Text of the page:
Bird Strike Committee Proceedings


Date of this Version


Document Type



Presented at 2011 Bird Strike North America Conference, September 12-15, 2011, Niagara Falls, Ontario, Canada.


Copyright 2011 García-Burgos, Fernández-Buces & Colunga



Airports are due to maintain aerodrome conditions free of vegetation for visibility and safety, according to international regulations

Wildlife Hazard Management at Airports: A Manual for Airport Personnel

Edward C. Cleary Richard A. Dolbeer


Habitat modification means changing the environment to make it less attractive or inaccessible to the problem wildlife. All wildlife require food, cover, and water to survive. Any action that reduces, eliminates, or excludes one or more of these elements will result in a proportional reduction in the wildlife population at the airport.

The management of an airport’s airside ground cover to minimize bird activity is a controversial subject in North America. The general recommendation, based on studies in England in the 1960s and 1970s, has been to maintain a monoculture of grass at a height of 6-10 inches (Transport Canada) or 7-14 inches (U.S. Air Force).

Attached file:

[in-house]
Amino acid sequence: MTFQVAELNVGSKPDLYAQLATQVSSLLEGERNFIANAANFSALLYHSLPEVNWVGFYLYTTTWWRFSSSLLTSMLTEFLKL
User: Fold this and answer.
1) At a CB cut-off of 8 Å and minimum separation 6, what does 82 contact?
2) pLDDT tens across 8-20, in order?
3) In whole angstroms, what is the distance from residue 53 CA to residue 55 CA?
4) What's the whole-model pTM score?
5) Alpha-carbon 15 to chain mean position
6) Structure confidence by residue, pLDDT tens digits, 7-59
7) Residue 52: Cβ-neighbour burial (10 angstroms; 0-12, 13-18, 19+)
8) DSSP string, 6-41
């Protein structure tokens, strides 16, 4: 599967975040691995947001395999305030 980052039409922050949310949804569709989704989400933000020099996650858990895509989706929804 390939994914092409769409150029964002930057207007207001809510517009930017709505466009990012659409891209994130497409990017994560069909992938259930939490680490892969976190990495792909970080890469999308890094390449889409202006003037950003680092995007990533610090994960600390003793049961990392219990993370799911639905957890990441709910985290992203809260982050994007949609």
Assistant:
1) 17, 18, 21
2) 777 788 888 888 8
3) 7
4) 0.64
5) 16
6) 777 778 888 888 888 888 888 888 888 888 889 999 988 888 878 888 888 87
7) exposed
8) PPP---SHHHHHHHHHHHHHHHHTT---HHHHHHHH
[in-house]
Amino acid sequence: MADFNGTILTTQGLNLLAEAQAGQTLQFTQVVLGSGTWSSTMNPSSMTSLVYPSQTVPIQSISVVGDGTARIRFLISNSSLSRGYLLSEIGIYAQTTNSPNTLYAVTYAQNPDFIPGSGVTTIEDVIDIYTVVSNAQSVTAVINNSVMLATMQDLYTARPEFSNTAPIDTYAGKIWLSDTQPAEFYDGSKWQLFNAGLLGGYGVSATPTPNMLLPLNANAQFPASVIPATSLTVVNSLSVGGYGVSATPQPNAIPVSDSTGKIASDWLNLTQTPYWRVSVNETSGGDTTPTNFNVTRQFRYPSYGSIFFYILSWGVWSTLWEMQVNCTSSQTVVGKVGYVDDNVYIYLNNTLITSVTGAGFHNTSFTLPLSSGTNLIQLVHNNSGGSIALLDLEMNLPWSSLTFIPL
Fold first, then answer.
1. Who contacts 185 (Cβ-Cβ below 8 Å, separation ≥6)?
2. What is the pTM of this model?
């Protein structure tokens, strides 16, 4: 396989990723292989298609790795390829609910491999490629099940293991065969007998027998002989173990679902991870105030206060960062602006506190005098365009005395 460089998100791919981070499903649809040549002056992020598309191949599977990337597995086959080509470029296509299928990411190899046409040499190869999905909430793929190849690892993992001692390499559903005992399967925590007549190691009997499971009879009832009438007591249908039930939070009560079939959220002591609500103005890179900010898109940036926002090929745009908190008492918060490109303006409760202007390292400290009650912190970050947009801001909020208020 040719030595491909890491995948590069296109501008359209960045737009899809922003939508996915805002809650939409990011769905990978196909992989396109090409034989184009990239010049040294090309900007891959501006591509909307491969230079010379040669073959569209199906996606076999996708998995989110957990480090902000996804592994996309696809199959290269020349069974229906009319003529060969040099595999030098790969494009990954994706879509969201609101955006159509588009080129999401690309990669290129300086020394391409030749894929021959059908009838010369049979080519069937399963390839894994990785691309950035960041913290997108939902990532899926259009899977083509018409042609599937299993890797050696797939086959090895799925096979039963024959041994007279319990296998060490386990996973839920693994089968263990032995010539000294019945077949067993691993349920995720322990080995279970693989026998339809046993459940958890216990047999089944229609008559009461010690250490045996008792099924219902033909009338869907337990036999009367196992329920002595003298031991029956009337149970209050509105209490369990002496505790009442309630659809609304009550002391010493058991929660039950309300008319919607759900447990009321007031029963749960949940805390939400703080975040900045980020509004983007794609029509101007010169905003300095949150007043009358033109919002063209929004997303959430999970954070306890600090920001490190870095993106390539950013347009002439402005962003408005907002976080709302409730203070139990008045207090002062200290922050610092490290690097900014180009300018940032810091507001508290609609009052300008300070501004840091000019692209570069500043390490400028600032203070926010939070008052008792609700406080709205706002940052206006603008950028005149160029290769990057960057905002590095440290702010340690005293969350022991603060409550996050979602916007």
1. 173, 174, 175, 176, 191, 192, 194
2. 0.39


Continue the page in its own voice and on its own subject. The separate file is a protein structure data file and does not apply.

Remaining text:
Tall grass, by interfering with visibility and ground movements, is thought to discourage many species of birds from loafing and feeding. However, the limited studies conducted in North America have not provided a consensus of opinion on the utility of tall-grass management for airports.

What have we seen in our tropical/semiarid environments on 12 ASA airports?

Several native species prefer canopy/vegetation protected conditions than open spaces

Whereas induced grass

Favors the entry of generalist , opportunistic and/or exotic species:

Increases risk because of their size and gregarious habits.